Don’t think, oh I will buy that when I get there. Products, clothing, everything is very expensive here. It is worth paying for the extra suitcase to bring your full seasonal wardrobe, and anything other items you might need. I just paid the equivalent of $14USD for a small and cheaply made bath towel, if that gives you any perspective. Basically you would have to

Cash. Bring cash. Cash is king here in Argentina and the US dollar is more stable than the Argentine peso. It costs between $8-12USD each time you withdraw from the cajeros automaticos (ATM), and the maximum withdrawal is $3600ARS/$180USD. Many places take a card, but you definitely cannot rely on it. Power goes down, services don’t work, and having cash is a necessity here.

Paperwork. I suggest having some CVs preprinted, and any additional materials you may regularly used. There aren’t a lot of resources here, so having a good supply is a must. I haven’t yet committed to starting the visa process yet, because I hear nothing but complicated stories from Americans about their attempts to obtain a DNI or actually getting a work visa.

Pack your hot sauce. The Argentine palette is quite gentle and a heavy dose of pepper is considered spicy here. So if you like things picante, be like Beyonce and have a hot sauce in your bag, swag.

What to do once you are here.
First of all. Enjoy yourself. This is an amazing city, full of vibrant energy and amazing experiences. Have some fun before getting into the teaching grind. There is something happening at every second of the day. Have a coffee. Walk in the parks. Dance tango. Eat dulce de leche until you pop.

Start reaching out to schools. I got immediate responses and was interviewing within a week. I had enough money saved so that I could slowly accept classes and be a little picky about my hours and choices. It is really up to you, how hard you want to work.

Except that you are probably going to have to travel out of the country every 90 days and will be living a fairly unstable existence while here. So far, from my experience, most English teachers travel to various places around South America (or back home to the US) every 3 months and have no trouble getting stamped back into the country for another 90 day tourist visa. Now, this doesn’t make it legal for you to work here, but it seems that this part is currently overlooked. Everyone pays you in cash. And with the salary it isn’t like you are going to have huge amounts to save leftover each month. The average pay at a language school is between $185-240ARS, which is about $9-12/hour. And I came here because I wasn’t happy with the Czech economy? The passion and excitement of this place more than makes up for the low salary, at least so far.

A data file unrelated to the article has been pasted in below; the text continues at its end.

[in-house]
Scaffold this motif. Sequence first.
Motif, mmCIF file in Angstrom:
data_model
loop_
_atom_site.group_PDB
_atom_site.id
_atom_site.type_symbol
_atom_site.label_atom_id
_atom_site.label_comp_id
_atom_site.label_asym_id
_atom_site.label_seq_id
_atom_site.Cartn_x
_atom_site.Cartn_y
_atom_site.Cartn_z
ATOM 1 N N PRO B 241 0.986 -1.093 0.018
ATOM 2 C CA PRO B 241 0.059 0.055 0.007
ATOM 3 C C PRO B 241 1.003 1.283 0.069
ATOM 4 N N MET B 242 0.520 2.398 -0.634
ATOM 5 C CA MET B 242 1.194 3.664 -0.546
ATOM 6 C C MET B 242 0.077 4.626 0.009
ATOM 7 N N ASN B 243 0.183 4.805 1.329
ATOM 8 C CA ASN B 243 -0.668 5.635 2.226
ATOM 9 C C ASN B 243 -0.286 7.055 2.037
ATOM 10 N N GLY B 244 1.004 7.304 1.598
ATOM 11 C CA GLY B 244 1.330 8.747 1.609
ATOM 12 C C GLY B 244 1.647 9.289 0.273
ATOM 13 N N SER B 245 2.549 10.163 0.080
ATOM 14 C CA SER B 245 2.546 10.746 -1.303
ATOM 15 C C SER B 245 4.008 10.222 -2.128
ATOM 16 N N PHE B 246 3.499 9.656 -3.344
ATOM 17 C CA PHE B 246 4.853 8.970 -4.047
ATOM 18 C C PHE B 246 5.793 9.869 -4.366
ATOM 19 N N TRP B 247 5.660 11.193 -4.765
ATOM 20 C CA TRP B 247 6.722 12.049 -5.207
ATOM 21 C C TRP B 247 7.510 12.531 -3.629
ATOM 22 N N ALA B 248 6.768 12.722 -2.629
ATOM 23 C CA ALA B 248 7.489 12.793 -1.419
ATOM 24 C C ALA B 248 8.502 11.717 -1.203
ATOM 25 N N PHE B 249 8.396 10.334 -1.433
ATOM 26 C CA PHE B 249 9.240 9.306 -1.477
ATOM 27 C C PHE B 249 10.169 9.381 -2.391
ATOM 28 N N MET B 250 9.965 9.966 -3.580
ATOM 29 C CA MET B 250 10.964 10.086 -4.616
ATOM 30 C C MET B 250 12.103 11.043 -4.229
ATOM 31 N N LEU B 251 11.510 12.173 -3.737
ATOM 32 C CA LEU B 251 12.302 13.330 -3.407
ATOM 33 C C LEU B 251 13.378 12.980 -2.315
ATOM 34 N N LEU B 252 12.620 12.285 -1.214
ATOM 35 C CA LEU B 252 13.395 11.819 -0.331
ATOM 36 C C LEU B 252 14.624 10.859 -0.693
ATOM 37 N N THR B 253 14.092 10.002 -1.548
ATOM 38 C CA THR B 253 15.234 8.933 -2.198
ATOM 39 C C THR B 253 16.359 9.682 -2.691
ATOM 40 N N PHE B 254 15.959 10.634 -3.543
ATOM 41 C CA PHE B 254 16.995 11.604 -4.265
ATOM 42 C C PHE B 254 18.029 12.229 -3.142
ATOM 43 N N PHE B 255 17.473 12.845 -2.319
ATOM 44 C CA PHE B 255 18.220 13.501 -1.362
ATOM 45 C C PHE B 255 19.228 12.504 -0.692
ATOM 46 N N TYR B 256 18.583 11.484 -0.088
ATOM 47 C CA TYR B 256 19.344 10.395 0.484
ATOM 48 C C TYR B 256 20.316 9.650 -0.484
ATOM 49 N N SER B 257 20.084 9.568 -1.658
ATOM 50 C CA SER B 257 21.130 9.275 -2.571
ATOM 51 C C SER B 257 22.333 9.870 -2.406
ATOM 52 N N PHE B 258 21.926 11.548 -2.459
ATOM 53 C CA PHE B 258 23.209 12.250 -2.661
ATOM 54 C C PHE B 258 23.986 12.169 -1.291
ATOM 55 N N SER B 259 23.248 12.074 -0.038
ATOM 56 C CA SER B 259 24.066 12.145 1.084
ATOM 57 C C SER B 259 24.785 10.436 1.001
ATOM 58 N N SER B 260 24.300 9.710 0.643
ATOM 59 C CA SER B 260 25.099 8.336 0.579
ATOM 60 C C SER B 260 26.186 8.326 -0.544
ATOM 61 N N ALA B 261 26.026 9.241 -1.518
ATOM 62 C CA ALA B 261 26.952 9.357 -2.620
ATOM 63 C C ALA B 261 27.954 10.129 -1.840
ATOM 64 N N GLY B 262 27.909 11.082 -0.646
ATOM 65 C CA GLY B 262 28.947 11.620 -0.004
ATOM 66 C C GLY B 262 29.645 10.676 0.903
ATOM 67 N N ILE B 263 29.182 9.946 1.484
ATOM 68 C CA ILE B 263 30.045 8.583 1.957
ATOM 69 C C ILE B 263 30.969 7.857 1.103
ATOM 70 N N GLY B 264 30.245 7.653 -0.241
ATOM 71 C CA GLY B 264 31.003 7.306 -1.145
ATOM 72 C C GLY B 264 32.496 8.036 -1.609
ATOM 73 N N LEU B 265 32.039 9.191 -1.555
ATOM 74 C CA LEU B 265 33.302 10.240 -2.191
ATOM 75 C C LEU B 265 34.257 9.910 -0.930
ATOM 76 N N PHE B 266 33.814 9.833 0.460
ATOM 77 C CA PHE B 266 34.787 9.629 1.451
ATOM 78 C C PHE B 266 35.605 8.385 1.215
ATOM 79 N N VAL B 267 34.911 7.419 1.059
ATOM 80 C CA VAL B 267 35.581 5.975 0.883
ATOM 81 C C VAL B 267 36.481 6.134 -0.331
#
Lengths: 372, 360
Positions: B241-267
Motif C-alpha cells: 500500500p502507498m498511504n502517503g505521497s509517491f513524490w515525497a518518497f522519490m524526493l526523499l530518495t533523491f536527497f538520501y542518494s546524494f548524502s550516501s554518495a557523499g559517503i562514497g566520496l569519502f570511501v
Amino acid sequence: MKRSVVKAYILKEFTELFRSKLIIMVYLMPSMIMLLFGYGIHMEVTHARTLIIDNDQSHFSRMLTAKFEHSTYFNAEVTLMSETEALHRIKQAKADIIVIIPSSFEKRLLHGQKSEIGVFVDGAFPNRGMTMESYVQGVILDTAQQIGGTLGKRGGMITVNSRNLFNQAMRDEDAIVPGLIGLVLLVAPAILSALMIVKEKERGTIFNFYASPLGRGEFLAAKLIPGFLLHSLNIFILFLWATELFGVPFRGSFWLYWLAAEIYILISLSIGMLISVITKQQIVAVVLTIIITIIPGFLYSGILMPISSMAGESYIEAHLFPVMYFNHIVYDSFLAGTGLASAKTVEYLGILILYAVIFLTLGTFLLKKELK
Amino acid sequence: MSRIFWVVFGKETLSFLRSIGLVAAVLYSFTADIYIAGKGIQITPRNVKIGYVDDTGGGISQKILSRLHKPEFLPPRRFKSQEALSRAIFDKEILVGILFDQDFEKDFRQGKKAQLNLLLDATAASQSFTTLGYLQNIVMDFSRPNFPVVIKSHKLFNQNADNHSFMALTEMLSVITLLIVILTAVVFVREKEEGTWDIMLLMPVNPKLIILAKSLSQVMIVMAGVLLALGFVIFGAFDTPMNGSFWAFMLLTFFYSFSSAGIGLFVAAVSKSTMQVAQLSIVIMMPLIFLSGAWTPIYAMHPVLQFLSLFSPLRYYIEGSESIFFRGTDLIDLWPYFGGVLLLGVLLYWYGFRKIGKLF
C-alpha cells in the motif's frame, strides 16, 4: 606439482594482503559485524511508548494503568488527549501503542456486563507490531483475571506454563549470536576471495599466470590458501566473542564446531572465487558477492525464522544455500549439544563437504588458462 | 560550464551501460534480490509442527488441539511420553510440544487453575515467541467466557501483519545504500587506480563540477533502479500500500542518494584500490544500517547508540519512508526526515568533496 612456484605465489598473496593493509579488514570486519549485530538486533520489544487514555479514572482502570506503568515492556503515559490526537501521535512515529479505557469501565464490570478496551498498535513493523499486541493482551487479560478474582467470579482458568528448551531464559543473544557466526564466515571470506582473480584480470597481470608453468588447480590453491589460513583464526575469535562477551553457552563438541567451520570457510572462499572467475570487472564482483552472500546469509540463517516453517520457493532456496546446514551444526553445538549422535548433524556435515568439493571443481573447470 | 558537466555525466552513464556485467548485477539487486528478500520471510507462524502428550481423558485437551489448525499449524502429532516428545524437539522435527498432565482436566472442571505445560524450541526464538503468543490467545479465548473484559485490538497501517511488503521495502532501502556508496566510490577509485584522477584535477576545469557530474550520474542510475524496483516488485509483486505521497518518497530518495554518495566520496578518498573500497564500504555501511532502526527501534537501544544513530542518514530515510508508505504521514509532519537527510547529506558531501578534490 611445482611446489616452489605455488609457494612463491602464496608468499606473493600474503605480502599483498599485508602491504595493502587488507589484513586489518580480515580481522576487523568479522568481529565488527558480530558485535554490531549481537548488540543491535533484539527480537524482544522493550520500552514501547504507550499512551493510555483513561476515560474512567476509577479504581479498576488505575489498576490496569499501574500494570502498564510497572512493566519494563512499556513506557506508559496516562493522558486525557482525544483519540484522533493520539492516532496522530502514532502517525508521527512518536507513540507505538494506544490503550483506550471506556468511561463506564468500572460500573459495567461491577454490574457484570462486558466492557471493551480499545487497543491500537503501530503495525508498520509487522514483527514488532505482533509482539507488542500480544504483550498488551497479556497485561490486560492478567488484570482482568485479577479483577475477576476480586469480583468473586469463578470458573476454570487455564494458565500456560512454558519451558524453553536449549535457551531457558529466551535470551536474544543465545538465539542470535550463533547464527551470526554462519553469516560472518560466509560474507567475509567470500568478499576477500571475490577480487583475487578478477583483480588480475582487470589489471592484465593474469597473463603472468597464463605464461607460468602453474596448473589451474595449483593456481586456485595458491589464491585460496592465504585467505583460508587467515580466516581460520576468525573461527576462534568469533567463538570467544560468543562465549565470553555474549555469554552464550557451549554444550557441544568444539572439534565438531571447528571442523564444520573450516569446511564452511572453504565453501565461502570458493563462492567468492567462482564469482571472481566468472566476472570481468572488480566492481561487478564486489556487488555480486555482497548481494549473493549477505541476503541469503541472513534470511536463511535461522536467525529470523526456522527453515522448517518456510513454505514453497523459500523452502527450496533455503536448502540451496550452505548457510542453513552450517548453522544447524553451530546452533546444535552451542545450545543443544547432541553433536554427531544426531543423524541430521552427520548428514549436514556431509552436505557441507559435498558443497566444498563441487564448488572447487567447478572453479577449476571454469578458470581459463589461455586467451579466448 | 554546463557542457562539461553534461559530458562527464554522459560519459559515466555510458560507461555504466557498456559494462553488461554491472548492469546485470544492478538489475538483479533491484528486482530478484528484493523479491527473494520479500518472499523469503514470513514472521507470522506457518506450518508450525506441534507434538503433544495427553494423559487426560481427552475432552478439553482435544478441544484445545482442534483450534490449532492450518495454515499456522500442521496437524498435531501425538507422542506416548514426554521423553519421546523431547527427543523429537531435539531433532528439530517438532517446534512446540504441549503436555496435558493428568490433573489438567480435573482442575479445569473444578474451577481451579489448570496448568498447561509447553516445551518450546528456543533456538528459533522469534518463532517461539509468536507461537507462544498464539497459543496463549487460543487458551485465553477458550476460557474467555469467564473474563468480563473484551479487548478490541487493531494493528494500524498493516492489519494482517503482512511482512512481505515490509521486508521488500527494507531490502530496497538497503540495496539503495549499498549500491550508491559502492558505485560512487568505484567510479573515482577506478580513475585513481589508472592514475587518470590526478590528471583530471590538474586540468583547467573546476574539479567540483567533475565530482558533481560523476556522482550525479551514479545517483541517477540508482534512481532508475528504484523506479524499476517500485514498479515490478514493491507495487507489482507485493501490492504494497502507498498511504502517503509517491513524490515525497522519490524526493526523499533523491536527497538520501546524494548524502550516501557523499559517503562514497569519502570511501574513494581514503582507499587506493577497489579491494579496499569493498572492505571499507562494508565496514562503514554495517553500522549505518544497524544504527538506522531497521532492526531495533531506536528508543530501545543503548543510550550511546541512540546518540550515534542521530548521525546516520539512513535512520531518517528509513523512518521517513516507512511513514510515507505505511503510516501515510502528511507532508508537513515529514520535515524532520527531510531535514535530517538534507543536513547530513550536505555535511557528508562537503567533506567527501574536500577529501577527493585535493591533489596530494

Get a SIM card. There a few major phone companies where you can get a prepaid “chip” for your unlocked smartphone. This will give you a +54 country code number and you can add money as you need to. You must do all of this in Espanol, so be prepared for some challenges. It took me a couple of weeks to get it all figured out, but most places have wifi so it is easy to stay connected.

Get a SUBE card. This is your bus and subte (subway) pass. You can get it during work hours in most subtes, and add money to it at various shops or kiosks around town. The card costs$25ARS and I so far I use about $400ARS/month depending on how much I am running around town.

Who will love/hate Argentina.
If you are a person who must always color within the lines, Argentina might not be the place for you. They don’t even drive in their own lane here. The rules seem to be open to interpretation and your visa and living situation are no exception. If you are ok with the nomadic free-living lifestyle you will be happy as a clam here.

Now, I am somewhere in the middle. I am a rule follower and a tax payer, but it seems that the government doesn’t make it easy for those of us not sponsored by a company to work and reside here. I am stepping out of my comfort zone on this adventure to see exactly how it works out. I have talked to many teachers and they were here for a year or two and never seemed to have an issue with the travel back and forth or living “off the grid” – so to speak. Just be sure you are prepared for this lifestyle, and that becoming a more permanent resident might be complicated, beyond reason. Though it is a city full of singles if you have any interest in becoming a resident through marriage!

Buenos Aires is a big and exciting city, with traces of Europe very obviously intertwined throughout. The food is good, transportation is quite easy, the people are extremely kind, and the weather, well it is still TBD. I have yet to experience the Argentine world outside of Buenos Aires, but I plan to very soon!